Parking Requirements Preventing Redevelopment and Reuse

What’s the Problem?

Communities trying to revitalize an existing downtown or neighborhood center or trying to encourage adaptive reuse of historic buildings may find that the combination of minimum parking requirements and constrained sites prevent these efforts from succeeding. The Cape Cod Commission offers some guidance on parking for historic and downtown sites in their model bylaws on Village Center zoning ( and guidance on Historic Preservation ( Additional strategies for removing parking as an obstacle to redevelopment and adaptive reuse are listed below.


  • Reduce or eliminate minimum parking requirements for some or all uses downtown, and/or waive parking requirements for adaptive reuse projects.
  • Allow or require developers in constrained areas to pay into a fund to be used for building public parking rather than providing parking spaces (see fees-in-lieu).
  • Count on-street parking towards minimum parking requirements (see flexible minimum requirements).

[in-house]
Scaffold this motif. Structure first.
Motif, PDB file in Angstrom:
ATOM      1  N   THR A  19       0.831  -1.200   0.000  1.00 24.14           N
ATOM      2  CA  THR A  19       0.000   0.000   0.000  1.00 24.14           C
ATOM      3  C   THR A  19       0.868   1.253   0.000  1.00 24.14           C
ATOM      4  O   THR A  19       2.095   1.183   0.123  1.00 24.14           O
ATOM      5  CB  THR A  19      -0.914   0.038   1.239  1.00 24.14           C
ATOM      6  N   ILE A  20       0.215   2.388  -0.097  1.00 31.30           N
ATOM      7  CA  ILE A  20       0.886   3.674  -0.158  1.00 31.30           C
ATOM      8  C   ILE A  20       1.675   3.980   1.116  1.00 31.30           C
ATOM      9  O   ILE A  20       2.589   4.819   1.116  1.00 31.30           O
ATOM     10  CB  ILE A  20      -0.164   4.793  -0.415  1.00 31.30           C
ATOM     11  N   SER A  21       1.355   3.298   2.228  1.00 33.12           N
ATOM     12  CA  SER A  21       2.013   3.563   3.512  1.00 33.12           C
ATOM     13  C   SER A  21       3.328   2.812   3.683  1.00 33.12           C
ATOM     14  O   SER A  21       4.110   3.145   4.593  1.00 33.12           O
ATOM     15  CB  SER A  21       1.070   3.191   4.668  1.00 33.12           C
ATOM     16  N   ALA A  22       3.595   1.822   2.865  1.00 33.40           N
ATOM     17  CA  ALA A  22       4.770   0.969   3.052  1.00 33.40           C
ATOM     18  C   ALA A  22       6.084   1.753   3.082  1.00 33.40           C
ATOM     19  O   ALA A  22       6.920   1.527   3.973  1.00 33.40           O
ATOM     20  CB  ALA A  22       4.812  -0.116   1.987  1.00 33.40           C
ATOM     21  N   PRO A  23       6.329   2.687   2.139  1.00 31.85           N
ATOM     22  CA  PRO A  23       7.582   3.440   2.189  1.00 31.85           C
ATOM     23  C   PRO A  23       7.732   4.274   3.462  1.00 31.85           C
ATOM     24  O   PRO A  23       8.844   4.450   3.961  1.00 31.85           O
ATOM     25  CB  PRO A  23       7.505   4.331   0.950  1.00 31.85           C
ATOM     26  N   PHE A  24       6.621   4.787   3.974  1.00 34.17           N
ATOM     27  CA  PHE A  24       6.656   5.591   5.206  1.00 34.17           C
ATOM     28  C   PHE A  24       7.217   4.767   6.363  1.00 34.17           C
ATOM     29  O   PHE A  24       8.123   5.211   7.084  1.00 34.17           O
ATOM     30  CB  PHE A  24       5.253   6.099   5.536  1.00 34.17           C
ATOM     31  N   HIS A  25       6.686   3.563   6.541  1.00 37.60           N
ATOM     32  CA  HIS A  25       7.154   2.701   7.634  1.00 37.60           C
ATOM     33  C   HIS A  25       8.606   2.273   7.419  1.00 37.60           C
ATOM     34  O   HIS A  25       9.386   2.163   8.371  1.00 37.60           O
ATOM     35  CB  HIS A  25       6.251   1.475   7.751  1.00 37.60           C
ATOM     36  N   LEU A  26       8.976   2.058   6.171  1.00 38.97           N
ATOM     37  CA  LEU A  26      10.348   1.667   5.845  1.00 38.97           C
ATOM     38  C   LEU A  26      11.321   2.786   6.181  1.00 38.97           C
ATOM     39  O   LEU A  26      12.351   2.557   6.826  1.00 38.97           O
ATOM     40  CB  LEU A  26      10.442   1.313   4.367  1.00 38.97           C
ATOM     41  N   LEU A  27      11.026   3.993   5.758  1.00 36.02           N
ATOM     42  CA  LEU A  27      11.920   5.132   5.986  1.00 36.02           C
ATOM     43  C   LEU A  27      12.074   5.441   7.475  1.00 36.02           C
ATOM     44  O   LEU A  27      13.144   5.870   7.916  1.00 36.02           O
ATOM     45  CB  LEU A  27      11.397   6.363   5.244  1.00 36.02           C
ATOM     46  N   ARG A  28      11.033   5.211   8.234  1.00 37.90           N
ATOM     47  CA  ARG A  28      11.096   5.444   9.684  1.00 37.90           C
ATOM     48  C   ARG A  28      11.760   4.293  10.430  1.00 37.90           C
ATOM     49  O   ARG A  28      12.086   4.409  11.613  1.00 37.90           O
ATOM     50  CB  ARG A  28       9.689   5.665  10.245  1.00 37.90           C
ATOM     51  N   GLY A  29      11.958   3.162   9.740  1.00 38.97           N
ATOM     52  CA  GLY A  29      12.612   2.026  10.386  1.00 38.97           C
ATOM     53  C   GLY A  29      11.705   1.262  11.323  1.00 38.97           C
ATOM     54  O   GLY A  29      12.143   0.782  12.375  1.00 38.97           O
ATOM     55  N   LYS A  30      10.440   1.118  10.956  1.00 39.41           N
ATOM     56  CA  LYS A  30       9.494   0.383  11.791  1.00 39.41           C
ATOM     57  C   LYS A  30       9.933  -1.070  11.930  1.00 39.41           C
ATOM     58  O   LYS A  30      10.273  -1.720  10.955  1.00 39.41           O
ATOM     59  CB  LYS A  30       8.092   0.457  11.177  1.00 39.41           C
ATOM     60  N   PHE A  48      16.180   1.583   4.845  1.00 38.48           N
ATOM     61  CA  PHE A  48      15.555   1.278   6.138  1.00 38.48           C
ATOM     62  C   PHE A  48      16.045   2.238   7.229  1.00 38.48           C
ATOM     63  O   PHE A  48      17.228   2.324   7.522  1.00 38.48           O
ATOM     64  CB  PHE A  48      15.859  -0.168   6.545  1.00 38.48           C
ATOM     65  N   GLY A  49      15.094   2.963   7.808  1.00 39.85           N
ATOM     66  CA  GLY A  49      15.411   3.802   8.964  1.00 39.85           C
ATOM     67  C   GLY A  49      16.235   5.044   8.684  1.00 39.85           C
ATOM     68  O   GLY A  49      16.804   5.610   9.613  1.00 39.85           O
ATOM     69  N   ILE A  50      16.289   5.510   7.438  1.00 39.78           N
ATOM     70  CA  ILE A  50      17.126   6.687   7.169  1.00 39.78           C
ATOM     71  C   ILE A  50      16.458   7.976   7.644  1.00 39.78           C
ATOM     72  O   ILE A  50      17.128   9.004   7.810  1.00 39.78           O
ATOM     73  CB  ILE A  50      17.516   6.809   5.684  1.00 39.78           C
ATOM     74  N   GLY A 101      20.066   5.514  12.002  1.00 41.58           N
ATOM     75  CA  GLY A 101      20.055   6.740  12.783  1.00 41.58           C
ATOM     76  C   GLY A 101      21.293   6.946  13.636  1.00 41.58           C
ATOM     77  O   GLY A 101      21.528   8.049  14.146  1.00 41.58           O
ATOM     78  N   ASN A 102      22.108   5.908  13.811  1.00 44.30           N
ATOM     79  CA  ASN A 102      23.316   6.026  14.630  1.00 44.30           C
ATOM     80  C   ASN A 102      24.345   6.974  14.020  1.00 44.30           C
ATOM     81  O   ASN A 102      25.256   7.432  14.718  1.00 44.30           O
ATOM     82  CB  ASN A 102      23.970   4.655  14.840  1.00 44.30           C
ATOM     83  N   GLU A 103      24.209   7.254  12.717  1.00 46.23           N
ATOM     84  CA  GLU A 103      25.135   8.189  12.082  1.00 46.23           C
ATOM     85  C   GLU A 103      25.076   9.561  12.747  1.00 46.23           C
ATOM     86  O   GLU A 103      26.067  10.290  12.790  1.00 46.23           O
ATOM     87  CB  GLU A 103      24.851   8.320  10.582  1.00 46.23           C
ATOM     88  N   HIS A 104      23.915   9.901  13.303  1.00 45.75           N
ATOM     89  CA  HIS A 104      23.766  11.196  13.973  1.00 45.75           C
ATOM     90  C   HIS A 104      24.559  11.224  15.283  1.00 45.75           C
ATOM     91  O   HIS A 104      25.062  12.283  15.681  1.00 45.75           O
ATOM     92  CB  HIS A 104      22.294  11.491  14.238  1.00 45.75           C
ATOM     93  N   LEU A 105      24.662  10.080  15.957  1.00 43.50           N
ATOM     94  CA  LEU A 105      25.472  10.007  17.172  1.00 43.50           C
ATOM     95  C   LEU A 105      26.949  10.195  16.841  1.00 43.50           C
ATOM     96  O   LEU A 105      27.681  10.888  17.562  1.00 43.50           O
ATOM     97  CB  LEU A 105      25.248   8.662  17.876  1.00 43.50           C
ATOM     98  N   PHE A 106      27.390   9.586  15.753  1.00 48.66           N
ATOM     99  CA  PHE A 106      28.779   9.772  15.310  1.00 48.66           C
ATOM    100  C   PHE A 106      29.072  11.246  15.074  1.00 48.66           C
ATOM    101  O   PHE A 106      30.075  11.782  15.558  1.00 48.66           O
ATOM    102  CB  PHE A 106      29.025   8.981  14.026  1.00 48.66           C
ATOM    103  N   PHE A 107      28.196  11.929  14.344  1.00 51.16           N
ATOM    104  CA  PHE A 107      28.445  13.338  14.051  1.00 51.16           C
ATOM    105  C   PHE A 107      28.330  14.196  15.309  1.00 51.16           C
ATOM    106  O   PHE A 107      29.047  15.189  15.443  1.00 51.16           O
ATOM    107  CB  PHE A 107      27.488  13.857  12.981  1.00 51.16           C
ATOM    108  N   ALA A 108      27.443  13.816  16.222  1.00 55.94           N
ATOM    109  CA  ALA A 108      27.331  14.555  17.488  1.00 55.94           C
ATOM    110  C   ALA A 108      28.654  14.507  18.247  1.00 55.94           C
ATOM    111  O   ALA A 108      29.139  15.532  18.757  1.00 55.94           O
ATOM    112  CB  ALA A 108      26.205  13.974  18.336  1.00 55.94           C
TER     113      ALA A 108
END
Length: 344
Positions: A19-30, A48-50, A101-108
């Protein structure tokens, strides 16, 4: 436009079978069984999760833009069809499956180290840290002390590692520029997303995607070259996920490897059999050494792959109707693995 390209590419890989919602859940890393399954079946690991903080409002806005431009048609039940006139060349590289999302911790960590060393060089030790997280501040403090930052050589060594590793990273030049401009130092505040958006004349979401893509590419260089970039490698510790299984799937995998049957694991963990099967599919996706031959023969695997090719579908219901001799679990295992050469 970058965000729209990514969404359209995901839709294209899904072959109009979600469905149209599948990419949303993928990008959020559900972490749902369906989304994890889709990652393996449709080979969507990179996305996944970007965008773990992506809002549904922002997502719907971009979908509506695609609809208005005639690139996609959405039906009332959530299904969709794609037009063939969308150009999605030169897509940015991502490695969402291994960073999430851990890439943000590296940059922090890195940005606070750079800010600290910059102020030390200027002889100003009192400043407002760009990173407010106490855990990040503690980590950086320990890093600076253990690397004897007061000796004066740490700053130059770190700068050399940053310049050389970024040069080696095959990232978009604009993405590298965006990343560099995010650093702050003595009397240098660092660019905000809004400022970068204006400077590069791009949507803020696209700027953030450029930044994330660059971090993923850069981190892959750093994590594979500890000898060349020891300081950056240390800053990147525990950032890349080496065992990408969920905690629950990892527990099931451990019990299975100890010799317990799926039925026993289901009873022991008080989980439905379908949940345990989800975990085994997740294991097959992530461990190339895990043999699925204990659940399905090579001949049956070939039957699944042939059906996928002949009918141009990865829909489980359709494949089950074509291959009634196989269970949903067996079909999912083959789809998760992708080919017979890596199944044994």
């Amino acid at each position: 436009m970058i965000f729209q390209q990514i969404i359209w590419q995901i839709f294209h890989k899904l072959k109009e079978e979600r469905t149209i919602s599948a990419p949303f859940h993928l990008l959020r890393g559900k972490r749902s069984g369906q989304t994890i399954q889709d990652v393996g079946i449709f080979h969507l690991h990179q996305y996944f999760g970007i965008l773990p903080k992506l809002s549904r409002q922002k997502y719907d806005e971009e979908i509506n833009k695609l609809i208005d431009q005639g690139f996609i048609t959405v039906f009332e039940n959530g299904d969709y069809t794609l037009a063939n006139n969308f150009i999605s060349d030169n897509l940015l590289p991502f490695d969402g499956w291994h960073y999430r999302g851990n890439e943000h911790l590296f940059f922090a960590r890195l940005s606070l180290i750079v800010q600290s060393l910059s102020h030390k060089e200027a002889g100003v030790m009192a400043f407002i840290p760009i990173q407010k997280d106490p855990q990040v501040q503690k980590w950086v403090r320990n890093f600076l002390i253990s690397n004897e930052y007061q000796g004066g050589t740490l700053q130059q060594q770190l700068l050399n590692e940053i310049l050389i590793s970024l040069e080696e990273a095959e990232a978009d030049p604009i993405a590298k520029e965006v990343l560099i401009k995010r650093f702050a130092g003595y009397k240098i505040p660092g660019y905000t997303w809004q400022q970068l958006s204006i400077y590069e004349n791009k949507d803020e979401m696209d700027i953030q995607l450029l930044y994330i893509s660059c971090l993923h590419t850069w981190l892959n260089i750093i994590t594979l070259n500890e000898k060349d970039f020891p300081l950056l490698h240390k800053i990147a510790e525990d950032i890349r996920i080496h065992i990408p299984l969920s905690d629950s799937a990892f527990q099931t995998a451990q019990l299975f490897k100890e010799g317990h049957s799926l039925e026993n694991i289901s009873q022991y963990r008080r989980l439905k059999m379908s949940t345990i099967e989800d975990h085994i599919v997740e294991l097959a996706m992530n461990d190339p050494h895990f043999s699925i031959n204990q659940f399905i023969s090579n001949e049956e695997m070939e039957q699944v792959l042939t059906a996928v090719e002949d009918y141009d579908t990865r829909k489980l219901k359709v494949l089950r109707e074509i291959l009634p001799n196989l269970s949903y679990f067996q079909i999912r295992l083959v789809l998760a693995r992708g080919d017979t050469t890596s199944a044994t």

• Allow the new use to lease or share parking spaces with nearby properties that have excess on-site parking or have parking demand during a different time of the day, week, or year (see shared parking).
  • Establish flexible parking requirements based on:
    • alternative mode access (especially proximity of transit, but also pedestrian and bicycle facilities)
    • expected demographics of residential developments (age, income, other auto-ownership factors)
    • parking studies providing data to support requests to reduce or increase parking
    • implementation of programs to reduce the need for parking spaces, such as parking cash out, un-bundled parking, shared parking, priority parking for carpools, or car sharing (see parking and transportation demand management)
  • If there is not enough extra parking capacity in downtown to absorb the impact of the redevelopment or reuse, establish shuttles to downtown from remote parking lots, such as park and ride lots, with excess capacity (see remote parking and shuttles).
  • If the redevelopment will add to demand for on-street parking, charge for street parking where demand exceeds supply. If there are already meters for on-street parking, raise hourly rates, or allow meter rates to vary with demand (see charging for parking). To make this more palatable, make payment easy using advanced meter technology, and/or establish a parking benefit district to reinvest some of the revenue from parking fees in maintenance or improvements for the district where it is generated.